Fallible but still a hero | Inquirer Opinion
At Large

Fallible but still a hero

05:22 AM September 19, 2018

Emilio Aguinaldo plays but a peripheral role, physically, in both “Heneral Luna” and “Goyo: Ang Batang Heneral.” Portrayed by Mon Confiado in both films, Aguinaldo is a shadowy presence, saying little and influencing events mainly through an imposing aura of authority and benign neglect.

He will feature once more in the last of a trilogy of films about the Republic’s early years, but this last movie promises a more substantial role for “El Presidente.” The movie, after all, is about Manuel Luis Quezon, who ultimately defeated Aguinaldo in the race for president of the Philippine Commonwealth.

I don’t know what the film producers or director Jerrold Tarog have against Aguinaldo. He has been described as either the villain in the tragic story of the Philippine Revolution against Spain and the United States, or the underrated and misunderstood figure who brought Filipinos to the brink of independence. But Aguinaldo certainly deserves a movie of his own, despite (or because of) an adoring earlier movie that tried to burnish his reputation but ended up boring audiences because it persisted in treating his long life as a flawed documentary.

As for Gregorio del Pilar, the “boy general” of “Goyo” who is taunted throughout the movie as the slavish disciple of Aguinaldo, history lessons have confined him to the myth of a ladies’ man who, astride a white horse, died an heroic death defending Tirad Pass. In the film, cowritten by Tarog and Rody Vera, Goyo is portrayed as a mess of contradictions: haunted by premonitions of an early death and yet staunchly loyal to his commander, to the extent of ruthlessly hunting down officers whose only “crime” is loyalty to the late Heneral Luna and refusal to kowtow to Aguinaldo.


Complicating matters is Goyo’s wandering eye, attracting and falling for the daughters of the finest families (including Aguinaldo’s younger sister and a pair of sisters, daughters of a wealthy backer) but unable to fully commit or even express his affection.

On second thought, this may largely be due to the acting of the lead. Paulo Avelino does bear an uncanny resemblance to the original Goyo but his acting ability has been derided by a critic as a “one-note, unidirectional volley.” In his hands, the “boy general” is inscrutable, almost expressionless. Though he portrays a romantic hero, Avelino exudes a largely self-conscious attitude, in many instances “posing” as Goyo rather than “being” him.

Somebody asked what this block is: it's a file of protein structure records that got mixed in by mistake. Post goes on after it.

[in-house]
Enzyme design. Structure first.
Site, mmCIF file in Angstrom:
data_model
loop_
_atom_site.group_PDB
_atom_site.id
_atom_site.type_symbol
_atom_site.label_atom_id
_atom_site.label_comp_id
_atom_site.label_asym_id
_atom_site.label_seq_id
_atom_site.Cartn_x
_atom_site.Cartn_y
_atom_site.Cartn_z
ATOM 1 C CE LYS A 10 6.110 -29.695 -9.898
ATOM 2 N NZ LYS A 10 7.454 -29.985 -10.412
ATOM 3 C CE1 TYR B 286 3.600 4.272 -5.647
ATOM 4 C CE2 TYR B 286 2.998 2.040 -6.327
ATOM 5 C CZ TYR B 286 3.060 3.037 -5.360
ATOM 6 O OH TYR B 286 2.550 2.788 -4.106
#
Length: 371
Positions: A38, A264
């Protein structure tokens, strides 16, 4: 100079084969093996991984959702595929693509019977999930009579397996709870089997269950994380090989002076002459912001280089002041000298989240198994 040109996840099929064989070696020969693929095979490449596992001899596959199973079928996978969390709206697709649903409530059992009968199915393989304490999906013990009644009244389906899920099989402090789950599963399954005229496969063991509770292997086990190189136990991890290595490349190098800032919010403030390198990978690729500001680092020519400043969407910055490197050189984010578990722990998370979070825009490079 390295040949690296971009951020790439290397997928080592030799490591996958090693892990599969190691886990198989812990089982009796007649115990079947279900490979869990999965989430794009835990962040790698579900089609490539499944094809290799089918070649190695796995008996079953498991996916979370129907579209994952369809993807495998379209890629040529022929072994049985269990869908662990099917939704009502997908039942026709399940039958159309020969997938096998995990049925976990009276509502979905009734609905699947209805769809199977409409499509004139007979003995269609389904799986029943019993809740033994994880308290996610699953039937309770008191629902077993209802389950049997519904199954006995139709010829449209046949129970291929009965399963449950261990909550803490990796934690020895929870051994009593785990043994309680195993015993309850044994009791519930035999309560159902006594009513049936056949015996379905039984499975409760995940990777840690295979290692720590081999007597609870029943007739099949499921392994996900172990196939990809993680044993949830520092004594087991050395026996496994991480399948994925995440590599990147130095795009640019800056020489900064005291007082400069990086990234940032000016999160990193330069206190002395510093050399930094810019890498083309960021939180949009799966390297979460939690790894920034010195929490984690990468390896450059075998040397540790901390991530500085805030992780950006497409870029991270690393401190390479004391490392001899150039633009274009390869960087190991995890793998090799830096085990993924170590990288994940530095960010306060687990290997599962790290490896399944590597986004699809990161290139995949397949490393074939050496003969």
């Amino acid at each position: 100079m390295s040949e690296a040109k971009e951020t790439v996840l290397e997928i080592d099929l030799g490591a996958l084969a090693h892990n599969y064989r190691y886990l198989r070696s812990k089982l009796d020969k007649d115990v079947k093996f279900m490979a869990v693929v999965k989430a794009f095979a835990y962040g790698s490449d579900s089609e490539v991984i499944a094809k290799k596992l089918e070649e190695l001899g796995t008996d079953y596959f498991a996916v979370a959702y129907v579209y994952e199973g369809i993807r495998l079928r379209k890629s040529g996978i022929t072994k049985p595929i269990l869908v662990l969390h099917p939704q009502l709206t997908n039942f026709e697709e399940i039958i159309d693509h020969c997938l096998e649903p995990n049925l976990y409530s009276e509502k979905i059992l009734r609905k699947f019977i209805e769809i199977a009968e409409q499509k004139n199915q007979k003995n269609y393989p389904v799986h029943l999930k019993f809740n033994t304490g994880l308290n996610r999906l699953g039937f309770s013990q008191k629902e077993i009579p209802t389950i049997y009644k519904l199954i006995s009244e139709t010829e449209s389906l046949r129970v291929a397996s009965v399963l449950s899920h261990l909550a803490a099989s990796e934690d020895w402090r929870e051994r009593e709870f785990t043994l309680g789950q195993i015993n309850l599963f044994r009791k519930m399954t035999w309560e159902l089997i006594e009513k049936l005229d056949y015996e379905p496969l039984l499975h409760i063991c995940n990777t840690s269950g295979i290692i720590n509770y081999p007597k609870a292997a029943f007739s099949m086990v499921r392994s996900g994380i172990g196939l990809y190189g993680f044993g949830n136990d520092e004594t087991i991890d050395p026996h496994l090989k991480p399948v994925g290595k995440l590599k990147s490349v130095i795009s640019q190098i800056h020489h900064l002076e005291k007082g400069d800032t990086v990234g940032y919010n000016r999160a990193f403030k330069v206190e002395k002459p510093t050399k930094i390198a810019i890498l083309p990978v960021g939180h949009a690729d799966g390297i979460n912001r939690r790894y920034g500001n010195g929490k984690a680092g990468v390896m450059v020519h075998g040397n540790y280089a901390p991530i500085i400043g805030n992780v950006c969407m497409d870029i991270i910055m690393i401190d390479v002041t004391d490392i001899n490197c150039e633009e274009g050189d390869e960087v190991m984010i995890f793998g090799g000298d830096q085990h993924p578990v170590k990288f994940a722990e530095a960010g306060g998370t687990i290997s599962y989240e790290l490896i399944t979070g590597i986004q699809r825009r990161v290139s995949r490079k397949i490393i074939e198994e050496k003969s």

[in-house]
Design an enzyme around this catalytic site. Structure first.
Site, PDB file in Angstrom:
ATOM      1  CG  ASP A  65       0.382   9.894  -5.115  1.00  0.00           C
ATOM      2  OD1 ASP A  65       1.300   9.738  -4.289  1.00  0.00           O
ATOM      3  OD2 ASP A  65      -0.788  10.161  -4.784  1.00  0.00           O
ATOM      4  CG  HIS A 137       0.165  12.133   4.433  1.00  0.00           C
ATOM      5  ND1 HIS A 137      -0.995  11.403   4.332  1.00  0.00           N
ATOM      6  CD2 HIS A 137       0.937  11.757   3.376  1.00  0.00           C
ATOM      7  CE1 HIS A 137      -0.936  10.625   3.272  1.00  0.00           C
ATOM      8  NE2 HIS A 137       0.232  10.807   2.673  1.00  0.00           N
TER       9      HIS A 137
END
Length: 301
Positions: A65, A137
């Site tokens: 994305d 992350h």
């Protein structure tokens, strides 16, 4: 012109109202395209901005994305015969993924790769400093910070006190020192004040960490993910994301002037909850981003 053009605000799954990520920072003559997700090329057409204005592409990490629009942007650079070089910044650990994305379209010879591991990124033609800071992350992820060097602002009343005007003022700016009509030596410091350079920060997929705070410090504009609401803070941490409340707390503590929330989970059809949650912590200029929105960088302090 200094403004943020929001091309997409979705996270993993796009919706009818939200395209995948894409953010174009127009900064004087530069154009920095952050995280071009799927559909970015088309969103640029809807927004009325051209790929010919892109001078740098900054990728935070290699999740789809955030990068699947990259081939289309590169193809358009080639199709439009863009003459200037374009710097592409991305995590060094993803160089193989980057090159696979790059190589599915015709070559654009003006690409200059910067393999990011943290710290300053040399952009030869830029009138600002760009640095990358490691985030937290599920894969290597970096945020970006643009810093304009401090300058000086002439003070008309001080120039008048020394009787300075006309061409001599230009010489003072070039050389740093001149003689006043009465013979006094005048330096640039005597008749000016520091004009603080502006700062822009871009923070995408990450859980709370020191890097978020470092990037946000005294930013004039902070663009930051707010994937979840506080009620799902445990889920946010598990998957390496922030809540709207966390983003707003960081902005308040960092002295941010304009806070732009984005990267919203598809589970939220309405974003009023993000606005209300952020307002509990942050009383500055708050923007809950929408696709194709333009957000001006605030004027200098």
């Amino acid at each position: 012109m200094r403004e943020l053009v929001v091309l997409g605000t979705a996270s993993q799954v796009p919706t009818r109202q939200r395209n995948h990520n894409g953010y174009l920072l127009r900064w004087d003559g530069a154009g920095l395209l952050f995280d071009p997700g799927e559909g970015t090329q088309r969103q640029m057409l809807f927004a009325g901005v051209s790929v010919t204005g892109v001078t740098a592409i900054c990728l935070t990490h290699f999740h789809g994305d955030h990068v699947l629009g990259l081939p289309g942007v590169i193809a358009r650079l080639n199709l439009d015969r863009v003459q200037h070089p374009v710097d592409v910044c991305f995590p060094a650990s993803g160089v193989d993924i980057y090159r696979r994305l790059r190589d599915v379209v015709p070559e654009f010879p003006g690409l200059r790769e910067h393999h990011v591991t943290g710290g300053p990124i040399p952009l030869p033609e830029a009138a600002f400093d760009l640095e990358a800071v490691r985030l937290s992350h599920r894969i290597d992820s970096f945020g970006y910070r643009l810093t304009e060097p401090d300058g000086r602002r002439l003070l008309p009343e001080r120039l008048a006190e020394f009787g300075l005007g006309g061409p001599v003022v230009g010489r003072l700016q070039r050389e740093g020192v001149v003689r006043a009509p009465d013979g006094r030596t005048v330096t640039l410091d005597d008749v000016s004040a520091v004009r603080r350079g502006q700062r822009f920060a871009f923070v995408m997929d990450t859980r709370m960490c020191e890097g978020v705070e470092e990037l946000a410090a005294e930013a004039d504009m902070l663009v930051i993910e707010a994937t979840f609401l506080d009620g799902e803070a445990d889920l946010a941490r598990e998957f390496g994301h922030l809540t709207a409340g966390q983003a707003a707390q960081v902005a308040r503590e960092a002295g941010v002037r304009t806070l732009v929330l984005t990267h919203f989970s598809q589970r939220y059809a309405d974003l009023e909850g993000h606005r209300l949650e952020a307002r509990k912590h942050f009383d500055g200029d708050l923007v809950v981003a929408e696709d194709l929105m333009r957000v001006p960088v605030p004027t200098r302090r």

Surprisingly turning in a more powerful and yet still nuanced performance is Carlo Aquino, now coming into his own as a rom-com star, who plays Col. Vicente Enriquez, Goyo’s loyal adjutant and friend. Arron Villaflor is Joven Hernando, who plays with verve and naivete a fictitious character who, in both “Luna” and “Goyo,” is an observer and chronicler. He stands in for all Filipinos of this generation (“joven” is Spanish for “youth”) who must be the ultimate judge of Goyo and all other figures who fought for our freedom.

Epy Quizon as Apolinario Mabini (I hope readers by now know why he is seated throughout the movie) is largely preceded by his character’s reputation. But he lends a touch of vulnerability and pent-up frustration to the “Sublime Paralytic,” another historical figure shrouded by myth.


One obvious thing about “Goyo” is how much more expansive it is than “Heneral Luna,” perhaps because the success of the first movie gave its producers greater leeway to stage elaborate battles and pay greater attention to production design, which is delectable.

Especially precious is how Tirad Pass itself is depicted on-screen, the vista of rolling green hills and mountains looming gray and mysterious in the far distance standing in for the land for which men like Del Pilar, Aguinaldo, Luna, even Andres Bonifacio and Jose Rizal, risked their lives and paid the ultimate sacrifice.


“Goyo” may have taken a more cynical approach to the study of our heroes than the usual hagiography. But in cutting down to human scale mythic revolutionaries like Del Pilar, the filmmakers have also made them more human and thus approachable, fallible and flawed. But heroes nonetheless.

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TAGS: `el presidente’, At Large, Emilio Aguinaldo, Gregorio del Pilar, Heneral Luna, Jerrold Tarog, Manuel L. Quezon, Paulo Avelino, Rina Jimenez-David

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